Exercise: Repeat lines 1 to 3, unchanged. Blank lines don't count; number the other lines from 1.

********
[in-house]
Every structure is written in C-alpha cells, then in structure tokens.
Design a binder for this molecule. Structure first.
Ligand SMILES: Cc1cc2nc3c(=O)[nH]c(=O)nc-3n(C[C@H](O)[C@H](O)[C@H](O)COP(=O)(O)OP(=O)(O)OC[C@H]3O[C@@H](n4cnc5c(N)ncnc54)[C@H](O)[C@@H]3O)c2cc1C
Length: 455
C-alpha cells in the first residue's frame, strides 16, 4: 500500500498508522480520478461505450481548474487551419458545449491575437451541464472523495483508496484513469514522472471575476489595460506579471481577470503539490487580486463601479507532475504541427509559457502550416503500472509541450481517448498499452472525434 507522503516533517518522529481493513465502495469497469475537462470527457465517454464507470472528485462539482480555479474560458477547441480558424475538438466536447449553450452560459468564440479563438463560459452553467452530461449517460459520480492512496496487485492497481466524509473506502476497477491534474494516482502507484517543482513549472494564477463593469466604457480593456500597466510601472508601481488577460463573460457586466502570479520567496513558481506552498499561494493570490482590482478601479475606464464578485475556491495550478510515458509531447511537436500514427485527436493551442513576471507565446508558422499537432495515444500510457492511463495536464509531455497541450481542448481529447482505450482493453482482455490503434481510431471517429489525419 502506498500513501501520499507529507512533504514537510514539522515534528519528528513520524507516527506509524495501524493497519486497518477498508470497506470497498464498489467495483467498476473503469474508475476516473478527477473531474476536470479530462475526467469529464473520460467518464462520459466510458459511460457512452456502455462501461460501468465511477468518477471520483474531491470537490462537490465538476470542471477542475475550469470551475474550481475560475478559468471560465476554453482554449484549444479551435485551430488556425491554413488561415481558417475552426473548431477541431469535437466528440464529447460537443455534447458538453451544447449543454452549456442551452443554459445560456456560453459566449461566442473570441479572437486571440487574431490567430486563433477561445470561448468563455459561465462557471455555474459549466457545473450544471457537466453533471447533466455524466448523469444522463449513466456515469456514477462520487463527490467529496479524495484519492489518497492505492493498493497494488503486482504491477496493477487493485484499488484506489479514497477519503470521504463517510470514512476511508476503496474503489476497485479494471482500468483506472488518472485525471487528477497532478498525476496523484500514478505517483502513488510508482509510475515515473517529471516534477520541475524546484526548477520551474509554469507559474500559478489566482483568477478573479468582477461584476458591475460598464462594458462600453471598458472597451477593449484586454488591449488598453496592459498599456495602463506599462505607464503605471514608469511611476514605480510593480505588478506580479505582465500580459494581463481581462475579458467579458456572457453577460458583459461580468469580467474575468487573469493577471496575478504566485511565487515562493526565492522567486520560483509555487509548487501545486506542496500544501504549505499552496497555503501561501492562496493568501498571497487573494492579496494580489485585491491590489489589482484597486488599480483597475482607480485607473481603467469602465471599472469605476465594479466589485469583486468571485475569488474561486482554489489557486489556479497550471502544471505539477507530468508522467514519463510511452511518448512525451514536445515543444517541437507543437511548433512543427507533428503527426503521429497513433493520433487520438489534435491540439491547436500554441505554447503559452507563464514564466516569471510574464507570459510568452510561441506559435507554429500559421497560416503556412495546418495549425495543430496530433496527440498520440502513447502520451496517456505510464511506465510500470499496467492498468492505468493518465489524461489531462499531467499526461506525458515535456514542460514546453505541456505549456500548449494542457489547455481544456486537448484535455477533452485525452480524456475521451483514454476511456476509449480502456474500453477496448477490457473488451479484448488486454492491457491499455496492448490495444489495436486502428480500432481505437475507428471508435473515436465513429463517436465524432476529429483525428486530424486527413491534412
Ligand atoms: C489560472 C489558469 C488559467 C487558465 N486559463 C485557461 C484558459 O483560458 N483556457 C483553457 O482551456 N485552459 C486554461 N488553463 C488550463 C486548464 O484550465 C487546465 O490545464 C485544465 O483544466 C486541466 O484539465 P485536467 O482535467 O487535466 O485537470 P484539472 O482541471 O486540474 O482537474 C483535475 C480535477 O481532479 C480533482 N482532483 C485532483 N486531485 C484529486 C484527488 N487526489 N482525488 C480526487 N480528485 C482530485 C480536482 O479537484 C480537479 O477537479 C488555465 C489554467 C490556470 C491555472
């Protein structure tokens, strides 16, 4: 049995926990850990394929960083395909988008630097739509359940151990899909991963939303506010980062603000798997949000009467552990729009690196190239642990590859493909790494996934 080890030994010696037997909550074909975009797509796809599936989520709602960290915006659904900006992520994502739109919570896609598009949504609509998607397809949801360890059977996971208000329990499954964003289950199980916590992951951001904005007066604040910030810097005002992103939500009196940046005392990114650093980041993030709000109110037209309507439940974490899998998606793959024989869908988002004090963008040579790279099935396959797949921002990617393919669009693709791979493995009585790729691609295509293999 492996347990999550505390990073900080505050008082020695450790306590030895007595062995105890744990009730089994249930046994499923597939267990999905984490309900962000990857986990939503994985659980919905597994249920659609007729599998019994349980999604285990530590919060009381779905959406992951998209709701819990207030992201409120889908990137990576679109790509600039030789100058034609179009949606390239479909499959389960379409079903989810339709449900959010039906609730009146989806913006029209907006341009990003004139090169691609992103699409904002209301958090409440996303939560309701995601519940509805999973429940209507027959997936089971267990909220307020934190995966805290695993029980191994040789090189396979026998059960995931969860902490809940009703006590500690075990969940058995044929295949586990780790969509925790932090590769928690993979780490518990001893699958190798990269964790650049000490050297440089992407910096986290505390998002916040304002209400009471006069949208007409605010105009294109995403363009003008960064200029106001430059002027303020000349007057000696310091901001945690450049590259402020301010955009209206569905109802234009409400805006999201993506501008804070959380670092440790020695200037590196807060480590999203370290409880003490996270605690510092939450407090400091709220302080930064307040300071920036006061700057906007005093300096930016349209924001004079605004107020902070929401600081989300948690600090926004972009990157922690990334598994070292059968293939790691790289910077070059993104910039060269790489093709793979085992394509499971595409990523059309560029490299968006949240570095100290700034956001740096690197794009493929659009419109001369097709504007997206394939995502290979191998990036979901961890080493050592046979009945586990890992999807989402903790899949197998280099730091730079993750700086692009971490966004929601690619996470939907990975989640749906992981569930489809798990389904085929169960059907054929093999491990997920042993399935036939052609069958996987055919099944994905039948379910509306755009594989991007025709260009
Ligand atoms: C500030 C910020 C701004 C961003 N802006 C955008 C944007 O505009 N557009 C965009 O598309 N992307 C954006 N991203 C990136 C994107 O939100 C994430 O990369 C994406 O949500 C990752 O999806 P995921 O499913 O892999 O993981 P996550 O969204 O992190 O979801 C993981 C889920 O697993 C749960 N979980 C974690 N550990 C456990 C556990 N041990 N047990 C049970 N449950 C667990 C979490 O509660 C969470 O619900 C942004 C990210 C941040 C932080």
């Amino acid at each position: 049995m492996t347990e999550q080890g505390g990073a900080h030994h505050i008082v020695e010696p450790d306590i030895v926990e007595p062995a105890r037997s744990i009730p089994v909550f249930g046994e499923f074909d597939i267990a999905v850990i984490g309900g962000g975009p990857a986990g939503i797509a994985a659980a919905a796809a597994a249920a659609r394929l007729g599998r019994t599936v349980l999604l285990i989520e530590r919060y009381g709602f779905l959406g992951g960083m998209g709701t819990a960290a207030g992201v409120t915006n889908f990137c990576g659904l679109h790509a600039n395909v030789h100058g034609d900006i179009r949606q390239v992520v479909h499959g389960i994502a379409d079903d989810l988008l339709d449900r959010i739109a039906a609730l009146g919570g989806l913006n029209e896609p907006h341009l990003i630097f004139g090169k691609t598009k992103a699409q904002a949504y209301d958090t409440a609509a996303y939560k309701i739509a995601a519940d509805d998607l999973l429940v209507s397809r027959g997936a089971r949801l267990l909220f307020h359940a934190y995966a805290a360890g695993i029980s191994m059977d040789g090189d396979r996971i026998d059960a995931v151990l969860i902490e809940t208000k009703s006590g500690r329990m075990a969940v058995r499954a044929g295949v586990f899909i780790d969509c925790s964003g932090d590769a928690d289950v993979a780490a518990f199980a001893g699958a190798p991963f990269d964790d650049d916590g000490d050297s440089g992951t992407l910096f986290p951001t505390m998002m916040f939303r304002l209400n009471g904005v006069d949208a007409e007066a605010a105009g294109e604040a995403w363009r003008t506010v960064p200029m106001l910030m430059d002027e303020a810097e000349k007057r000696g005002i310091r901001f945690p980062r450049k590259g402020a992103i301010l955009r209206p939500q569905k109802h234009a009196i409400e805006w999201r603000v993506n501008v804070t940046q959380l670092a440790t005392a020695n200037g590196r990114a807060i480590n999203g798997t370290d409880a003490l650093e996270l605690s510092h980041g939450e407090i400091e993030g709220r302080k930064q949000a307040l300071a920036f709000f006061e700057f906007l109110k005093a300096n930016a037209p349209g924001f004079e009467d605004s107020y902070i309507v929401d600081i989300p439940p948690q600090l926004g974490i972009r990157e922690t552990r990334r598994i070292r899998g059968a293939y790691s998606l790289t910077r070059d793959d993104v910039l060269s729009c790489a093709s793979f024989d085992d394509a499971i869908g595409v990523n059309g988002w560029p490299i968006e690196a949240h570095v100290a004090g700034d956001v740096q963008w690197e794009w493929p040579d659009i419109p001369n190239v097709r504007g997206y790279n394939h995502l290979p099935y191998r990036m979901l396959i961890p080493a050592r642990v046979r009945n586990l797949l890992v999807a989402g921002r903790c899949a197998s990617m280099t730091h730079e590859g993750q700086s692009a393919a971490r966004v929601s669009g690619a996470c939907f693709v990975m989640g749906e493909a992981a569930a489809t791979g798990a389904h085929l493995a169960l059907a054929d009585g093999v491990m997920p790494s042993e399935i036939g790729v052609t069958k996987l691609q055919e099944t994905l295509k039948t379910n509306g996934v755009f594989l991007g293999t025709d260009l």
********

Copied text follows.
[in-house]
Every structure is written in C-alpha cells, then in structure tokens.
Design a binder for this molecule. Structure first.